A community death. A hurricane. A school shooting. A pandemic. As campus communities grapple with the aftermath of tragedies, students, staff and faculty alike work to find ways to process grief and support one another along the way.
Director of Student Care and Outreach at Elon University Paul Tonsgri at Elon University said individual support is the office’s “bread and butter.” Tonsgri considers offering individual support to be one of the roles his office can play after a tragedy, such as a community death, a traumatic event or even a natural disaster that impacts the Elon community.
Several variables impact how the office chooses to support individual students. In the case of a death in the community, it can be based on how connected the person was across campus, the needs of the person’s next of kin, or even their year or position at the university.
“It's never as straightforward as simply applying a standard plan,” Tonsgri said. “But we do try to maintain some semblance of organization and structure that seems familiar and relevant, and then we just try to apply that to the different situations that can come up.”
Dr. Tammy McCoy-Arballo, Psy.D., a licensed clinical psychologist who works with first responders, said there is not one way to experience or support someone through grief because every individual is different.
The varied reactions of students can be attributed to many factors, such as background, previous life experiences, culture and genetics. Depending on whether or not a student is directly experiencing the trauma or experiencing vicarious trauma also impacts the reaction each individual will have. When addressing a community, there is no “right” way to support those impacted, McCoy-Arballo said.
One of the first challenges Student Care and Outreach faces when trying to support students is identifying those who need the most support or who may want support.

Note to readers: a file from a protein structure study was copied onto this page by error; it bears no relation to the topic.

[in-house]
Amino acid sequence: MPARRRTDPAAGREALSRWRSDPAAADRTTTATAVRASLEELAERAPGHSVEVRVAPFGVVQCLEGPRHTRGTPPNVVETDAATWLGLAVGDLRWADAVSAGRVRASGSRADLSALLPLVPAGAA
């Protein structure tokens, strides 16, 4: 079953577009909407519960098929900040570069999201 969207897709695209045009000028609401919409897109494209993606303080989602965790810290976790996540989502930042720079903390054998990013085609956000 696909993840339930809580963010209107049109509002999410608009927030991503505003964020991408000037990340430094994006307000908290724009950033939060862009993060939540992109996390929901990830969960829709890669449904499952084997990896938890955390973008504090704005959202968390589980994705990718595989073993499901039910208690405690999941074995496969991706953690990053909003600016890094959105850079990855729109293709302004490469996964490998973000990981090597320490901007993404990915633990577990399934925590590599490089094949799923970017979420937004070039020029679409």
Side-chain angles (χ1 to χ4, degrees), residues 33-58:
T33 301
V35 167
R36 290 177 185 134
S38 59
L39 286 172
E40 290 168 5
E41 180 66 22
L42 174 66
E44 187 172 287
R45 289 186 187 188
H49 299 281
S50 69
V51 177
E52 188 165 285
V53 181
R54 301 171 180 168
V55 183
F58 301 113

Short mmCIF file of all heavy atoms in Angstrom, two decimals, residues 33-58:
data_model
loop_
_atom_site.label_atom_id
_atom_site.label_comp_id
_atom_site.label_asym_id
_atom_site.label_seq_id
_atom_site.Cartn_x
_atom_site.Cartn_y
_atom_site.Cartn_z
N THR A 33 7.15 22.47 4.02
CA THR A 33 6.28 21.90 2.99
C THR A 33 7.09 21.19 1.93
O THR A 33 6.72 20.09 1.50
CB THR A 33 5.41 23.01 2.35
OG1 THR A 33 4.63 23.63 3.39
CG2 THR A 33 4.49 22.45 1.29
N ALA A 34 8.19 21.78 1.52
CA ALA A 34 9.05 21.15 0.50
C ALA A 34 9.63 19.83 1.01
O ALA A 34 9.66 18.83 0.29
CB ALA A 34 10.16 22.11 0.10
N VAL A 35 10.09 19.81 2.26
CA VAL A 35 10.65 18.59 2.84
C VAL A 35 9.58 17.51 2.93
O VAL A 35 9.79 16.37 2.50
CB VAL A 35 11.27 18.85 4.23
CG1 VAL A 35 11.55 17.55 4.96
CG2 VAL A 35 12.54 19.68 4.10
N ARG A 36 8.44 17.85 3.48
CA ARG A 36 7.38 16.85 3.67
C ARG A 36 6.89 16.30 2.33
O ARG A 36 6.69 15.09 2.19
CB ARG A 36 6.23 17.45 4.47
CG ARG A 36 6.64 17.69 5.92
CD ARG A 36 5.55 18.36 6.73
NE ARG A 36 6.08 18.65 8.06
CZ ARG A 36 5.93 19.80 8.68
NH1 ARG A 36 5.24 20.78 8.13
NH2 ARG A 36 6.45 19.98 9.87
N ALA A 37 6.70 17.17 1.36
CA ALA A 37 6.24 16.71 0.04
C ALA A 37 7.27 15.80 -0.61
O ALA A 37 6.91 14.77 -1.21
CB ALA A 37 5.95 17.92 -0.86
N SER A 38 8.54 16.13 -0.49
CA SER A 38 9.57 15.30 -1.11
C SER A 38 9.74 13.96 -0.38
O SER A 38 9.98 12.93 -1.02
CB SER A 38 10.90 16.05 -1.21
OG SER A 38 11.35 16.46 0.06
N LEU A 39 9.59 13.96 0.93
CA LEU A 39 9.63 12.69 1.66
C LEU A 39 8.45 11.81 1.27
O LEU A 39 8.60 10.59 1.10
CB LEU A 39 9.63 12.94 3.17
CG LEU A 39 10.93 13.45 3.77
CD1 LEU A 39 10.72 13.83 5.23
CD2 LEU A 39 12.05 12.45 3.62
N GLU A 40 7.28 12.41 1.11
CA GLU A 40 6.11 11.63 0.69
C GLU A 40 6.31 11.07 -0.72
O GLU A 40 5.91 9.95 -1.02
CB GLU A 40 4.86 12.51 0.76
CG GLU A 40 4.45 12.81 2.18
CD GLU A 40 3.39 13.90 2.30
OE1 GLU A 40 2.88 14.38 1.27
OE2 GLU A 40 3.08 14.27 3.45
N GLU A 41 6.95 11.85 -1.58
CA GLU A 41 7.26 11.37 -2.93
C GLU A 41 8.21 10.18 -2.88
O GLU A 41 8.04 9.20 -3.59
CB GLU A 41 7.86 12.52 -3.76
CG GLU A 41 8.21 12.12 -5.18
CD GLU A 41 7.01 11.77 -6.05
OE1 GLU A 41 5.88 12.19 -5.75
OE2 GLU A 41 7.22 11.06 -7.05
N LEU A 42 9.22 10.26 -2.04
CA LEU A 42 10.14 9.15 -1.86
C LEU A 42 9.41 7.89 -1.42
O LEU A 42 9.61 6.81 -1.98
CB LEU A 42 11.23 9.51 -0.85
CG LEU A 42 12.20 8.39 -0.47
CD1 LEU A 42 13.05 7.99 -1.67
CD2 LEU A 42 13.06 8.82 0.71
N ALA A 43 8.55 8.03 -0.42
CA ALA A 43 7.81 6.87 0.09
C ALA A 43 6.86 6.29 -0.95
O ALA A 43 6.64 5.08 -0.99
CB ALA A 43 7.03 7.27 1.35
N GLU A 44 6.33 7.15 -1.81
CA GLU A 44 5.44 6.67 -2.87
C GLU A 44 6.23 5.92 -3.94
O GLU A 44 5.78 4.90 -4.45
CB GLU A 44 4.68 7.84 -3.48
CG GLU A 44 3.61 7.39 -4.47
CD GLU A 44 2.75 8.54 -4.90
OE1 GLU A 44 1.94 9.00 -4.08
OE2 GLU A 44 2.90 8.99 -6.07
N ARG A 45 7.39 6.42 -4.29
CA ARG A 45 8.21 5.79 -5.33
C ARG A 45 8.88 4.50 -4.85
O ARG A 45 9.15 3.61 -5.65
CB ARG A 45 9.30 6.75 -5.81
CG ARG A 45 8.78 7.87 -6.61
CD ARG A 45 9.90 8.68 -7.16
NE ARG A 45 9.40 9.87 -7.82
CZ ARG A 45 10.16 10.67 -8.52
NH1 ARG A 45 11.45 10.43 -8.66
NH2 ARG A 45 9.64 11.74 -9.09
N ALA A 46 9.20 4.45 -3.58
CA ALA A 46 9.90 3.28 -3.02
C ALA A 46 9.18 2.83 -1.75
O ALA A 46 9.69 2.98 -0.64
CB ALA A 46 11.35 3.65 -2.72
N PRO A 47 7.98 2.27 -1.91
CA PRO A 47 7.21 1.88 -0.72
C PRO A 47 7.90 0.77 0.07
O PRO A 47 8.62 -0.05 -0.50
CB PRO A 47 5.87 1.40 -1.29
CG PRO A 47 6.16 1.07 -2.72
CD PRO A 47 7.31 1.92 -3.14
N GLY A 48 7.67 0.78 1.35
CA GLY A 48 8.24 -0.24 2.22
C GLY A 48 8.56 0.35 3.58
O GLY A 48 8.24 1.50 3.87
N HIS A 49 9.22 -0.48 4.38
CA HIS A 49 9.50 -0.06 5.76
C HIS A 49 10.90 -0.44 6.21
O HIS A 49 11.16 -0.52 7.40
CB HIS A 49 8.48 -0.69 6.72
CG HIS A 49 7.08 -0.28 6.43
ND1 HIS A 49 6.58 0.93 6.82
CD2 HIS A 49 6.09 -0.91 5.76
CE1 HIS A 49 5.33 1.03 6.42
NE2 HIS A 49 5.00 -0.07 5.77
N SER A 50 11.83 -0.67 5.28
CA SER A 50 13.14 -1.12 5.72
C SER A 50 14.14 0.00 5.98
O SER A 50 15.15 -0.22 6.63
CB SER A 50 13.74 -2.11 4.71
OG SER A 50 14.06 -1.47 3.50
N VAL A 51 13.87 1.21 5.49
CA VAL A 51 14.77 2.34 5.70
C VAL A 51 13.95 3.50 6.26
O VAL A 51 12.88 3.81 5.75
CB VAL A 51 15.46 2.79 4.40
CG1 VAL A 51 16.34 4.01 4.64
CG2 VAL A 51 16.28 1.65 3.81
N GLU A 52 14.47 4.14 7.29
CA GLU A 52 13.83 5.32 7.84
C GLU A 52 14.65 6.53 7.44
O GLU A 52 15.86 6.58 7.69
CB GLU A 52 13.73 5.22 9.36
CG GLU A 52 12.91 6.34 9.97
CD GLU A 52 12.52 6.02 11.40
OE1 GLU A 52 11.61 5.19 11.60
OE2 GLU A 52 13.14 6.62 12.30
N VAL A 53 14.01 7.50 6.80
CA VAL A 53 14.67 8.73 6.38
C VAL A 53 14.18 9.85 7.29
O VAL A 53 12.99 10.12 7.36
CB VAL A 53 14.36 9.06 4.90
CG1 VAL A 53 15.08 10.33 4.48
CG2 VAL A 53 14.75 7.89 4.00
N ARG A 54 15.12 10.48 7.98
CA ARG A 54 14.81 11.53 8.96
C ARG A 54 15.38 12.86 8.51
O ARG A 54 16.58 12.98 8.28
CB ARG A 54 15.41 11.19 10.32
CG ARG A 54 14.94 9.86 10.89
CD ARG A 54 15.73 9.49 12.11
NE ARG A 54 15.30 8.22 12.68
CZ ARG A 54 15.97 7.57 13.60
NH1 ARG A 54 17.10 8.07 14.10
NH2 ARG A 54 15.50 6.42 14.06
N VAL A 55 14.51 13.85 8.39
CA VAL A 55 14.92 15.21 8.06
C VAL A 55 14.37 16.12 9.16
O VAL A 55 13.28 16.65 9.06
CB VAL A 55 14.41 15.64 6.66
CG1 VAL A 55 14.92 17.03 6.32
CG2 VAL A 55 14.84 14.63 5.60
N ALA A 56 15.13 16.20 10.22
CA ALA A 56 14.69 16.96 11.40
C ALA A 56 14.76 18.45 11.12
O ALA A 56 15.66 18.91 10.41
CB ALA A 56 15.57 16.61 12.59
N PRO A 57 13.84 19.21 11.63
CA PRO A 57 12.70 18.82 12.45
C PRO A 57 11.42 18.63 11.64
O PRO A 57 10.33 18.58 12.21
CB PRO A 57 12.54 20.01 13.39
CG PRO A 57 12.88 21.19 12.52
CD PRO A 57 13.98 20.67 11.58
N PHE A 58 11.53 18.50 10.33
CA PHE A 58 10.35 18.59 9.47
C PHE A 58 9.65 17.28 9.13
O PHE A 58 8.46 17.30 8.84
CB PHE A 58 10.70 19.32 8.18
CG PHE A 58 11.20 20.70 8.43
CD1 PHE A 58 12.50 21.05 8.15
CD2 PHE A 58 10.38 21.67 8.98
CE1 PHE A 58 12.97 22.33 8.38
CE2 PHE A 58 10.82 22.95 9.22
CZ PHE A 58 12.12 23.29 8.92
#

“If I were to ask you, who are you most closely associated with, some of that would be really obvious,” Tonsgri said. “But beyond those obvious circles is not as obvious. Who your friends are from first year that you maintained is not going to be as obvious. We could look at your social media and try to figure something out, but that's a limited capacity.”
An hour after his best friend committed suicide, Elon University junior Paris Taliadouros remembers being reached out to by a member of the university. While the person offered resources, like counseling and connecting with the Student Care and Outreach office, Taliadouros said he didn’t want to accept any help.
“There's just so much anger inside of me of how this can happen?” Taliadouros said. “I just didn't really want to acknowledge that he was actually gone. I didn't want to acknowledge the feeling, I didn't want to have to go and have the official title of being a suicide survivor.”
Survivor’s guilt or feeling like a “survivor of suicide,” like Taliadouros did, is not an uncommon reaction. A year later, Elon University senior Catherine Stallsmith experienced a range of impacts when dealing with her own experience with grief, from survivor’s guilt to shock. While she was reached out to by Student Care and Outreach after the event took place, she knew others who were not 一 who felt like no one was there for them.
“I was offered many things by Elon, including counseling, which is all well and good until you realize you have to wait [two] weeks to get an appointment because counseling services is so overwhelmed,” Stallsmith said.
For Tonsgri, his worst case scenario is when a tragic situation emerges on campus and he is able to identify one group of students who need support, but he misses another.
“As a result, we're not able to give them the individual attention that they might feel would be warranted in the circumstances,” Tonsgri said. “Anyone who is doing this outreach is trying to do the best they can, and work really hard to try to connect to as many people as possible while not, for lack of a better word, shortchanging an individual's experience.”